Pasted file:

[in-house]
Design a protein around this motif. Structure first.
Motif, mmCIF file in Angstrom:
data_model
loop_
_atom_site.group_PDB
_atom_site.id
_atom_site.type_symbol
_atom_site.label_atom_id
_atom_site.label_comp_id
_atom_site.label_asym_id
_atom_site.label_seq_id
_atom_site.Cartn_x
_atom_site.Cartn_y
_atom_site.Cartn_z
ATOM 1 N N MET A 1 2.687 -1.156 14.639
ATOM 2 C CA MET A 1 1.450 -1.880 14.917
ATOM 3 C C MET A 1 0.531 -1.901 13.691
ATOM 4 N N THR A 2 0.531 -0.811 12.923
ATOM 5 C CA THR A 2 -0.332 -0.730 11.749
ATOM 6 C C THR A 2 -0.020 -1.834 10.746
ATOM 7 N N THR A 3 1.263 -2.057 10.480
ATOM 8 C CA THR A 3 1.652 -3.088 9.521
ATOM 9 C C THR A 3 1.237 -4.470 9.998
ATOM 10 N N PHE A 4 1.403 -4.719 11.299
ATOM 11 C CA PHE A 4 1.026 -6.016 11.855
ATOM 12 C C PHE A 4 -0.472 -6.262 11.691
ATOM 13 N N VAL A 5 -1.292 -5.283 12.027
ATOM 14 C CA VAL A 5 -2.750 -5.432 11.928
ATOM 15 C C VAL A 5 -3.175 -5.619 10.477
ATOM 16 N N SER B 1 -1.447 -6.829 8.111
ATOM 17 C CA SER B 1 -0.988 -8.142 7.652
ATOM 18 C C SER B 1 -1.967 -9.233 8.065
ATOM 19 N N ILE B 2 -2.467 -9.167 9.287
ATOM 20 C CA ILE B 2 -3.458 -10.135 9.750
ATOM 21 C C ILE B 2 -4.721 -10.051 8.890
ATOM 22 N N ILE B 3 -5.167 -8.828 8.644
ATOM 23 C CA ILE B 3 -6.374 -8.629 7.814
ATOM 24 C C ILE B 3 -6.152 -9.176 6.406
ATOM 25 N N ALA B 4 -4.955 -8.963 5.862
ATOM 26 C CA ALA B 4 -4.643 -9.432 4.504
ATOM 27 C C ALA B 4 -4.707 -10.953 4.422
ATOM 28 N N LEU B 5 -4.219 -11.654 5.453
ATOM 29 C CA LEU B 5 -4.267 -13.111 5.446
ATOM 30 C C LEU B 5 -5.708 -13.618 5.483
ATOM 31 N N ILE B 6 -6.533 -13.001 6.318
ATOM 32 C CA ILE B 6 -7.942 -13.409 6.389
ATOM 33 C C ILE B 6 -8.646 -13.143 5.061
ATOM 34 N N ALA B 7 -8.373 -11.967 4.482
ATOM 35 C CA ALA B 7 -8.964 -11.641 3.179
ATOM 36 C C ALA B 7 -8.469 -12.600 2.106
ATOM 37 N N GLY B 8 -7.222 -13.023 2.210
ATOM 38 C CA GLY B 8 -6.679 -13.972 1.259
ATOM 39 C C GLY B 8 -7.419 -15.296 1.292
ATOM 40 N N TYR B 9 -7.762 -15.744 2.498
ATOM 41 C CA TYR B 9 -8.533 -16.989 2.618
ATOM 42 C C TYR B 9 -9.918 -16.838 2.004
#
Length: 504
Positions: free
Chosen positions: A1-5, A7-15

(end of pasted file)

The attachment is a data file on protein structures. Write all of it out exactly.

[in-house]
Design a protein around this motif. Structure first.
Motif, mmCIF file in Angstrom:
data_model
loop_
_atom_site.group_PDB
_atom_site.id
_atom_site.type_symbol
_atom_site.label_atom_id
_atom_site.label_comp_id
_atom_site.label_asym_id
_atom_site.label_seq_id
_atom_site.Cartn_x
_atom_site.Cartn_y
_atom_site.Cartn_z
ATOM 1 N N MET A 1 2.687 -1.156 14.639
ATOM 2 C CA MET A 1 1.450 -1.880 14.917
ATOM 3 C C MET A 1 0.531 -1.901 13.691
ATOM 4 N N THR A 2 0.531 -0.811 12.923
ATOM 5 C CA THR A 2 -0.332 -0.730 11.749
ATOM 6 C C THR A 2 -0.020 -1.834 10.746
ATOM 7 N N THR A 3 1.263 -2.057 10.480
ATOM 8 C CA THR A 3 1.652 -3.088 9.521
ATOM 9 C C THR A 3 1.237 -4.470 9.998
ATOM 10 N N PHE A 4 1.403 -4.719 11.299
ATOM 11 C CA PHE A 4 1.026 -6.016 11.855
ATOM 12 C C PHE A 4 -0.472 -6.262 11.691
ATOM 13 N N VAL A 5 -1.292 -5.283 12.027
ATOM 14 C CA VAL A 5 -2.750 -5.432 11.928
ATOM 15 C C VAL A 5 -3.175 -5.619 10.477
ATOM 16 N N SER B 1 -1.447 -6.829 8.111
ATOM 17 C CA SER B 1 -0.988 -8.142 7.652
ATOM 18 C C SER B 1 -1.967 -9.233 8.065
ATOM 19 N N ILE B 2 -2.467 -9.167 9.287
ATOM 20 C CA ILE B 2 -3.458 -10.135 9.750
ATOM 21 C C ILE B 2 -4.721 -10.051 8.890
ATOM 22 N N ILE B 3 -5.167 -8.828 8.644
ATOM 23 C CA ILE B 3 -6.374 -8.629 7.814
ATOM 24 C C ILE B 3 -6.152 -9.176 6.406
ATOM 25 N N ALA B 4 -4.955 -8.963 5.862
ATOM 26 C CA ALA B 4 -4.643 -9.432 4.504
ATOM 27 C C ALA B 4 -4.707 -10.953 4.422
ATOM 28 N N LEU B 5 -4.219 -11.654 5.453
ATOM 29 C CA LEU B 5 -4.267 -13.111 5.446
ATOM 30 C C LEU B 5 -5.708 -13.618 5.483
ATOM 31 N N ILE B 6 -6.533 -13.001 6.318
ATOM 32 C CA ILE B 6 -7.942 -13.409 6.389
ATOM 33 C C ILE B 6 -8.646 -13.143 5.061
ATOM 34 N N ALA B 7 -8.373 -11.967 4.482
ATOM 35 C CA ALA B 7 -8.964 -11.641 3.179
ATOM 36 C C ALA B 7 -8.469 -12.600 2.106
ATOM 37 N N GLY B 8 -7.222 -13.023 2.210
ATOM 38 C CA GLY B 8 -6.679 -13.972 1.259
ATOM 39 C C GLY B 8 -7.419 -15.296 1.292
ATOM 40 N N TYR B 9 -7.762 -15.744 2.498
ATOM 41 C CA TYR B 9 -8.533 -16.989 2.618
ATOM 42 C C TYR B 9 -9.918 -16.838 2.004
#
Length: 504
Positions: free
Chosen positions: A1-5, A7-15